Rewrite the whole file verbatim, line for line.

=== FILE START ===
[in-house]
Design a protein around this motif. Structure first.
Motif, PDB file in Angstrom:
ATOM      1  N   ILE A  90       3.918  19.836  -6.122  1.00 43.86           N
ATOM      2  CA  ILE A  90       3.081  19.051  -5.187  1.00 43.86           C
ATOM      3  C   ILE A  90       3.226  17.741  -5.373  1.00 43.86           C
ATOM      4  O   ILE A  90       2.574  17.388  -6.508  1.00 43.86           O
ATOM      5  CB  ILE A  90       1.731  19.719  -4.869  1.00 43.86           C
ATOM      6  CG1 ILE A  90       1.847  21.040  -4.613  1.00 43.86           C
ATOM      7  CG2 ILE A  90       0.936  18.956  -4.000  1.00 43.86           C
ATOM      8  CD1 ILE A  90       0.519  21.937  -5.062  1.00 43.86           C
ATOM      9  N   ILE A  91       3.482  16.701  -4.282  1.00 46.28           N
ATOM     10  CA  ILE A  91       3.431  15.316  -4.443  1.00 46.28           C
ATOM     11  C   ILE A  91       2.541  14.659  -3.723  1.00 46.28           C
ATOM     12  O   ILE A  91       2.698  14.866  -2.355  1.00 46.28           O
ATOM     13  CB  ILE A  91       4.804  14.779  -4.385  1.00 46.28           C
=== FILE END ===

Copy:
[in-house]
Design a protein around this motif. Structure first.
Motif, PDB file in Angstrom:
ATOM      1  N   ILE A  90       3.918  19.836  -6.122  1.00 43.86           N
ATOM      2  CA  ILE A  90       3.081  19.051  -5.187  1.00 43.86           C
ATOM      3  C   ILE A  90       3.226  17.741  -5.373  1.00 43.86           C
ATOM      4  O   ILE A  90       2.574  17.388  -6.508  1.00 43.86           O
ATOM      5  CB  ILE A  90       1.731  19.719  -4.869  1.00 43.86           C
ATOM      6  CG1 ILE A  90       1.847  21.040  -4.613  1.00 43.86           C
ATOM      7  CG2 ILE A  90       0.936  18.956  -4.000  1.00 43.86           C
ATOM      8  CD1 ILE A  90       0.519  21.937  -5.062  1.00 43.86           C
ATOM      9  N   ILE A  91       3.482  16.701  -4.282  1.00 46.28           N
ATOM     10  CA  ILE A  91       3.431  15.316  -4.443  1.00 46.28           C
ATOM     11  C   ILE A  91       2.541  14.659  -3.723  1.00 46.28           C
ATOM     12  O   ILE A  91       2.698  14.866  -2.355  1.00 46.28           O
ATOM     13  CB  ILE A  91       4.804  14.779  -4.385  1.00 46.28           C